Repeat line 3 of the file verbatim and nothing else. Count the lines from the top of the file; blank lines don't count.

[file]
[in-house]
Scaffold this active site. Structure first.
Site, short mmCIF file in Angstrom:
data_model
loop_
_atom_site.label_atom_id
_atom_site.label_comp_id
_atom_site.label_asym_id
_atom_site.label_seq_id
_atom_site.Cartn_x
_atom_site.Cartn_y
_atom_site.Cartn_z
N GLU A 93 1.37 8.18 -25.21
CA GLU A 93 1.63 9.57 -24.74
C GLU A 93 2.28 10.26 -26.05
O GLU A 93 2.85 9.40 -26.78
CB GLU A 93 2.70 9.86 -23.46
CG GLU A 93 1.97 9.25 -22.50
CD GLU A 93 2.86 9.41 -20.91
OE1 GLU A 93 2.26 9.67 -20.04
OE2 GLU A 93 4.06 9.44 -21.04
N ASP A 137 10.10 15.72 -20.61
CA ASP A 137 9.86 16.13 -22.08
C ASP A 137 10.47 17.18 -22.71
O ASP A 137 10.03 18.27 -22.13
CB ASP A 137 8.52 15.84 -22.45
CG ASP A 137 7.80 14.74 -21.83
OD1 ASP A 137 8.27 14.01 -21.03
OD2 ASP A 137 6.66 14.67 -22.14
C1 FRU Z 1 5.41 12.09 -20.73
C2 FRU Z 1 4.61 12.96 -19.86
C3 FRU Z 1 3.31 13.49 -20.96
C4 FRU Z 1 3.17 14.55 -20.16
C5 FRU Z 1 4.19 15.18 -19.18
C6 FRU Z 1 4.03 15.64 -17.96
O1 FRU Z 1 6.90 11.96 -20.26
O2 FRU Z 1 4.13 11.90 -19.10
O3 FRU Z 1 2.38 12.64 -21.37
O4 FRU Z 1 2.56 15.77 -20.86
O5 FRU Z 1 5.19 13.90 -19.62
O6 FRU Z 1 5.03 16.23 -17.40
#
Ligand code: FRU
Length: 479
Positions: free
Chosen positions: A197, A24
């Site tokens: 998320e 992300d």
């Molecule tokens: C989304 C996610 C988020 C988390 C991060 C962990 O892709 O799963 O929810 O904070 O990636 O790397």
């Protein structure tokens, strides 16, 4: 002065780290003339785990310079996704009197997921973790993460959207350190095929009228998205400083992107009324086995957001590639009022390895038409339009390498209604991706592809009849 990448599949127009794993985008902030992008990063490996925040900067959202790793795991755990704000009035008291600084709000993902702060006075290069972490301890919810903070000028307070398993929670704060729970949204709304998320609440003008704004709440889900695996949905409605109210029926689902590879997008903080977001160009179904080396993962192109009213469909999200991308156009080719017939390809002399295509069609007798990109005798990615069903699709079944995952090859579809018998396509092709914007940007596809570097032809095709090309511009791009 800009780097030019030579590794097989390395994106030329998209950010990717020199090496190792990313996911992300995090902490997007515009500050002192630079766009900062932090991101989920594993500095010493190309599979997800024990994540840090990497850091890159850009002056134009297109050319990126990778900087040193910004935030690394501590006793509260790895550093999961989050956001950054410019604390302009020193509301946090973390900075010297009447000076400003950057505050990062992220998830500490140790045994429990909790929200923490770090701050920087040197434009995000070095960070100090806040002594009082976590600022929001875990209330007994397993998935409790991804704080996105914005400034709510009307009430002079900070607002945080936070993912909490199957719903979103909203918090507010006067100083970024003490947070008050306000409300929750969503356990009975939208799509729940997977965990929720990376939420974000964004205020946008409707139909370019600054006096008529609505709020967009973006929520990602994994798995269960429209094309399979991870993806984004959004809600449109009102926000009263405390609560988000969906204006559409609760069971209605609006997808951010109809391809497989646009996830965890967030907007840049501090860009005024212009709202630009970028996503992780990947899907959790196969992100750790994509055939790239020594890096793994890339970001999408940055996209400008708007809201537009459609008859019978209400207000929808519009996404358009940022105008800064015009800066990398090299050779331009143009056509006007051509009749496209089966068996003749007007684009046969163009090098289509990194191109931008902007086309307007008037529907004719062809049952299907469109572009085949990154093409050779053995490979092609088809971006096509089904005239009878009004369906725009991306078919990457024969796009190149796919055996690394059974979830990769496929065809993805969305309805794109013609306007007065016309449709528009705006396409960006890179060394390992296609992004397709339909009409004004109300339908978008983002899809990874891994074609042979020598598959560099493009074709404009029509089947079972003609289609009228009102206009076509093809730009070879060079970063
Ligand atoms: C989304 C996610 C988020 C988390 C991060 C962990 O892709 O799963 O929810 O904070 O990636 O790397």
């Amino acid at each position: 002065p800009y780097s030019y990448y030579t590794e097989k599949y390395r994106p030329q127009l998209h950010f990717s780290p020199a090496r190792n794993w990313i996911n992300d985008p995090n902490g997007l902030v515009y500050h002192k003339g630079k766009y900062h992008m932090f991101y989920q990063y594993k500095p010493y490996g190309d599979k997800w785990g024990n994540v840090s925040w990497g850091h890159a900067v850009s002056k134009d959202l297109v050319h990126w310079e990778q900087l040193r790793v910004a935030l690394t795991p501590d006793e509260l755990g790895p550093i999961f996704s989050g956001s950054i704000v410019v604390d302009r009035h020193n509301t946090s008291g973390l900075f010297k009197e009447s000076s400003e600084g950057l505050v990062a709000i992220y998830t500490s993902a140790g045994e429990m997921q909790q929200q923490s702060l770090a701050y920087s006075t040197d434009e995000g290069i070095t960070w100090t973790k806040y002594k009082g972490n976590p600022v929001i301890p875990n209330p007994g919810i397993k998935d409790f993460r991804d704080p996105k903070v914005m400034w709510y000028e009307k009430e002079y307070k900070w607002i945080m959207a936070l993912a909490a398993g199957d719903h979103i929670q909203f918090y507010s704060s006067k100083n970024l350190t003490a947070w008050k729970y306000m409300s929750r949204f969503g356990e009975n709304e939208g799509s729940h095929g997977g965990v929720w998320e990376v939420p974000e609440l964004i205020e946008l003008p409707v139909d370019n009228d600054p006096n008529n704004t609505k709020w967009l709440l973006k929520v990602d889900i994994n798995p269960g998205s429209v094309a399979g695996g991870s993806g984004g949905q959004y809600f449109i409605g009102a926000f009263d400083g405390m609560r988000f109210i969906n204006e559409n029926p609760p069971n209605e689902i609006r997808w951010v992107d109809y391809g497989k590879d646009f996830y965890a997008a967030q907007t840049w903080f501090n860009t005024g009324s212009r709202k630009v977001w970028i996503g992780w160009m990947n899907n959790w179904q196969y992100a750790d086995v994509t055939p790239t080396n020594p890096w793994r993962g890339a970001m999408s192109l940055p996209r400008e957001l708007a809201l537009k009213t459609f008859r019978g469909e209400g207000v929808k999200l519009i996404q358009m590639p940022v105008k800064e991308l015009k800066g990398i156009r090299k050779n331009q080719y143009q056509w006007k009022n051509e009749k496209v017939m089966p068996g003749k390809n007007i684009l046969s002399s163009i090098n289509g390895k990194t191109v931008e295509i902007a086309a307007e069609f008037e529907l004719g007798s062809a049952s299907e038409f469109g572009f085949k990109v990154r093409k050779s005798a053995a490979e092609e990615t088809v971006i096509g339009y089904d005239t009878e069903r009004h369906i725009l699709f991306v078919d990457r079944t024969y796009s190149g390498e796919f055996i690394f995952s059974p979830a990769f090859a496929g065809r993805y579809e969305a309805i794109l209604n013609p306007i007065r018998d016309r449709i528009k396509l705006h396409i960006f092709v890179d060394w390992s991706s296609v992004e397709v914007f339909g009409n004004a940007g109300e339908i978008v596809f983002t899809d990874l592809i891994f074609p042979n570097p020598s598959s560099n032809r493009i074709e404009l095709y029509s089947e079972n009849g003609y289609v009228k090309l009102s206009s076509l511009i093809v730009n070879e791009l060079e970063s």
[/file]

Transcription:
Site, short mmCIF file in Angstrom: